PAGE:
Have there been any demonstrations outside the Abu Ghraib prison since the pictures went public? Are they allowed, or are things too volatile still to allow public gatherings near there?
Sewell Chan: There was at least one demonstration, involving several hundred protesters, outside Abu Ghraib last week.
Do you feel safe right now? The media reports lead me to believe that you are in constant and great danger every second of every day. Are there ever peaceful moments?
Sewell Chan: I think the dangers of working here are great, but not unrelenting. Safety in Iraq is always a relative concept.
Are the Iraqi people impressed by the U.S. government's response, outrage and openess over the abuses at Abu Ghraib? These events aside, do the Iraqi people still have optimism that the U.S. government can put their country back together and lead the country to stability and prosperity?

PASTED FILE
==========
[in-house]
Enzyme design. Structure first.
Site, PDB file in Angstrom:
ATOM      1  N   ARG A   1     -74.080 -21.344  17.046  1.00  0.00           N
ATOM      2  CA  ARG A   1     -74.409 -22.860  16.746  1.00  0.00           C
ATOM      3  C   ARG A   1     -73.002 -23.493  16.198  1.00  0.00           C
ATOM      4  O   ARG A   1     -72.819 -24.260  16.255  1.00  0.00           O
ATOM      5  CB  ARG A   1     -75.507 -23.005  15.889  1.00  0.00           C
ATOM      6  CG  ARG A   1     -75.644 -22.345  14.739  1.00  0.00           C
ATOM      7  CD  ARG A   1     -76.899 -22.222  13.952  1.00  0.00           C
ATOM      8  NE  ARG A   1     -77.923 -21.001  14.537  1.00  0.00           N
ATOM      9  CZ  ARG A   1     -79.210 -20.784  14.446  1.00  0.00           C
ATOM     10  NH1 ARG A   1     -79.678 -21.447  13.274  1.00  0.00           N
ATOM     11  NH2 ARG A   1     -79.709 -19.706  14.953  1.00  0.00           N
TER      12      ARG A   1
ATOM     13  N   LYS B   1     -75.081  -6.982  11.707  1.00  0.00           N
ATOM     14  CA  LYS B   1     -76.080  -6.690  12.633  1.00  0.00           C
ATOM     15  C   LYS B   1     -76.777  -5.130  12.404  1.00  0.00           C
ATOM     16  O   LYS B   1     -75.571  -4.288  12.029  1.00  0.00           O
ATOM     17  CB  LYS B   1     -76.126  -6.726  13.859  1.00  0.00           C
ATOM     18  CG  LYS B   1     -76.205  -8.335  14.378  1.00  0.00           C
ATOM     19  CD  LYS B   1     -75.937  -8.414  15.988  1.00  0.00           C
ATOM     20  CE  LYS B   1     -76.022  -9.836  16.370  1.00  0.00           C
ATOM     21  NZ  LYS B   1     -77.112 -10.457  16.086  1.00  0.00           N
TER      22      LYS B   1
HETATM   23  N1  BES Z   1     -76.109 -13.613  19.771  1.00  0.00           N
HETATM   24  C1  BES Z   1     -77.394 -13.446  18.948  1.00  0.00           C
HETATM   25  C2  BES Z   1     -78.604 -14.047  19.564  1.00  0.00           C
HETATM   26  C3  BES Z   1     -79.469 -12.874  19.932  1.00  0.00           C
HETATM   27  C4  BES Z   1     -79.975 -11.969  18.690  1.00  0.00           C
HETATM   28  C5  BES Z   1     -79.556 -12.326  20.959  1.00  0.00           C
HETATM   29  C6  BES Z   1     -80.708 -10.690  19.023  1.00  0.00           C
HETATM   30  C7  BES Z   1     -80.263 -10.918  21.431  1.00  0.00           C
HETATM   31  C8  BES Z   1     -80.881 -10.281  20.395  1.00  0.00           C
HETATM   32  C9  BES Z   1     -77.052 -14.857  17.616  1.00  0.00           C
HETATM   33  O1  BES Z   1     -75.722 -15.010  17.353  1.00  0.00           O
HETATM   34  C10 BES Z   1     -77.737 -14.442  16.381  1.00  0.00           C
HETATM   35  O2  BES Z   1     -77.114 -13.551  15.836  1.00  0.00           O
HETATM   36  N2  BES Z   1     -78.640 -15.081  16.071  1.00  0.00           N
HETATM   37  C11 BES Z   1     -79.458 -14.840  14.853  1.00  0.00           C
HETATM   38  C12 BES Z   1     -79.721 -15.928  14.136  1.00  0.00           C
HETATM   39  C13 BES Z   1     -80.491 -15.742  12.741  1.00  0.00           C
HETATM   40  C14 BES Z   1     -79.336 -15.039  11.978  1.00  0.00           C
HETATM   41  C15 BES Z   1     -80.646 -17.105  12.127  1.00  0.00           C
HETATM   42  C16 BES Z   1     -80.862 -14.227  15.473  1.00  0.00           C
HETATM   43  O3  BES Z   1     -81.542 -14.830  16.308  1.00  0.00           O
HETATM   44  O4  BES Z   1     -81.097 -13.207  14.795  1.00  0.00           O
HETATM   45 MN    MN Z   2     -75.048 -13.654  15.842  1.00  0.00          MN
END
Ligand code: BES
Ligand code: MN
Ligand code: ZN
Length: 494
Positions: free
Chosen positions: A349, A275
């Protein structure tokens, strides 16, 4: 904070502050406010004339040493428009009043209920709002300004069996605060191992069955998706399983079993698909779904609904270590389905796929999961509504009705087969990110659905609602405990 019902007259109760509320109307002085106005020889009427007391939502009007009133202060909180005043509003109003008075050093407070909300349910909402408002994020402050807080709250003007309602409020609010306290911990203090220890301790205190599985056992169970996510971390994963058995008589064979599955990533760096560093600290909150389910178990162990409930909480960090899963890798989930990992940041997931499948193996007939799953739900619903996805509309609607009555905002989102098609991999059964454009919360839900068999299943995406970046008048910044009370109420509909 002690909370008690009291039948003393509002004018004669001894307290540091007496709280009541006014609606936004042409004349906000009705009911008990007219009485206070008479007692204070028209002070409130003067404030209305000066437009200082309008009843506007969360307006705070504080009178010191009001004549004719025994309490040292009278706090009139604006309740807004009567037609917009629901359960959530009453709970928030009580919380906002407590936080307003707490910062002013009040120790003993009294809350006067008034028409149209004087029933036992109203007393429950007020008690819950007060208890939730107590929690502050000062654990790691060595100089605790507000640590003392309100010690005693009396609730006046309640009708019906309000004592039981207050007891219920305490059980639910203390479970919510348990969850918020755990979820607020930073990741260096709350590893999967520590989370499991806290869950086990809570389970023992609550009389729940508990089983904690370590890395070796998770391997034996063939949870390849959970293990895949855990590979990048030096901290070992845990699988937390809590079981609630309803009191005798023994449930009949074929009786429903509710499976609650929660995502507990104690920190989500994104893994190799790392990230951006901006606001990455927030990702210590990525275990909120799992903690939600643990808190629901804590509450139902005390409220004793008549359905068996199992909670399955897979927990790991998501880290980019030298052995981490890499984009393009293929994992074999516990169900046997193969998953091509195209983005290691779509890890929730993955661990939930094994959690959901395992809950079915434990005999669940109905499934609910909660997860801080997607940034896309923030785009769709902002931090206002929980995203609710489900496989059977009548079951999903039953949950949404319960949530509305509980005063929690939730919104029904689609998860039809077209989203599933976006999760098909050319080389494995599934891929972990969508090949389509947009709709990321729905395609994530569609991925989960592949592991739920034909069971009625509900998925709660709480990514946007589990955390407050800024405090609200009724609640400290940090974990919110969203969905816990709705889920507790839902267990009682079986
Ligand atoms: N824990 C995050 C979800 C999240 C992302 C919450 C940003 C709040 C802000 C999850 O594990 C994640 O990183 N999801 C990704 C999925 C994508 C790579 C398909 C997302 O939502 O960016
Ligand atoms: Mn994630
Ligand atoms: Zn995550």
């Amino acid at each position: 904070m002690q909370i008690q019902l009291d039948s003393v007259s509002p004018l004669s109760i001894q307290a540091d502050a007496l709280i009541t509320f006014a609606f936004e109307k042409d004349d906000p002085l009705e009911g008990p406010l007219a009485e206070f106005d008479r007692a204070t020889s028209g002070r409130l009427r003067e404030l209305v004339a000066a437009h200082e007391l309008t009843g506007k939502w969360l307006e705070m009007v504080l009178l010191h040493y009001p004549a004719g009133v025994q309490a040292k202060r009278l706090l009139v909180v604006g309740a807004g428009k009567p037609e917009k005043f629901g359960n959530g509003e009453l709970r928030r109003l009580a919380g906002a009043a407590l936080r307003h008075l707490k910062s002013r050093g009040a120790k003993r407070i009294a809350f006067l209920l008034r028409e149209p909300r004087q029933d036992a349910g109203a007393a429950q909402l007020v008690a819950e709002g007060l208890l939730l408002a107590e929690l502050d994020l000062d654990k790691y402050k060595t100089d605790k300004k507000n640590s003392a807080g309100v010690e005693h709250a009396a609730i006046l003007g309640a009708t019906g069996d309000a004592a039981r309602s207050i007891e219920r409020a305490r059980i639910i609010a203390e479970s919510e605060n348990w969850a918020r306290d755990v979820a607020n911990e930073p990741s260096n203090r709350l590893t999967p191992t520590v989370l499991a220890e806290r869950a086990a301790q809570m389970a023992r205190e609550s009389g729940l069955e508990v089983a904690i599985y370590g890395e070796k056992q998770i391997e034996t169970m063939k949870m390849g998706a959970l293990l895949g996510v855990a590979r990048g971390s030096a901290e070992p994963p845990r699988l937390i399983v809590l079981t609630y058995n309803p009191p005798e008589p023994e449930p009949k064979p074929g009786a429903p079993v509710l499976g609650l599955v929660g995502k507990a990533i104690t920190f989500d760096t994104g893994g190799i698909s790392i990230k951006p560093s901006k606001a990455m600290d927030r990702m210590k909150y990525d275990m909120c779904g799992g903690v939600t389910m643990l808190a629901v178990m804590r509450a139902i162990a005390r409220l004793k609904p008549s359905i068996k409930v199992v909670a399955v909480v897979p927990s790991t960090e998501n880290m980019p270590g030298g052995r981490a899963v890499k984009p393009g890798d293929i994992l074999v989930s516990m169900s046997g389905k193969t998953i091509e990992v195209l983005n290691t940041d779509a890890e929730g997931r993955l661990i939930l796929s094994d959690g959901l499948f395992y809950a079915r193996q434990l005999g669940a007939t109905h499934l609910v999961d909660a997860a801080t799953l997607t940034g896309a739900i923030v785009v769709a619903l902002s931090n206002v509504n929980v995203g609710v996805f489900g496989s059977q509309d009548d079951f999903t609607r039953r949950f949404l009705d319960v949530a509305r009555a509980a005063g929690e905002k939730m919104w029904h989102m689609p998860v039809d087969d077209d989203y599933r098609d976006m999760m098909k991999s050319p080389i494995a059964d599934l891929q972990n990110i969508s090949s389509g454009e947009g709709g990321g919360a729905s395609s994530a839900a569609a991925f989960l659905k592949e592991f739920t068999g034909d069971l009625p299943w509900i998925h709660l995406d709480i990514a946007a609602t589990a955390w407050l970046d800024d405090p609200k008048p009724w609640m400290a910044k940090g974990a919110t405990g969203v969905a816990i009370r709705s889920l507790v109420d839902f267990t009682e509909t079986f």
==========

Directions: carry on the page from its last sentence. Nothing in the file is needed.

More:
Sewell Chan: I think the decision to open the court-martials to the public -- and the exceptional decision to hold them at the Baghdad Convention Center, rather than at a military basis -- reflect a clear strategy on the part of the Americans to make the process as open and transparent as possible. The long-term effect on public opinion of the US-led occupation remains to be seen.
Bala Cynwyd, Pa.:
How do our troops react to the Abu Ghraib abuse news?
Sewell Chan: I haven't done as much research on this as I'd like, but so far the vast majority of servicemembers I've talked to have expressed sadness and disgust.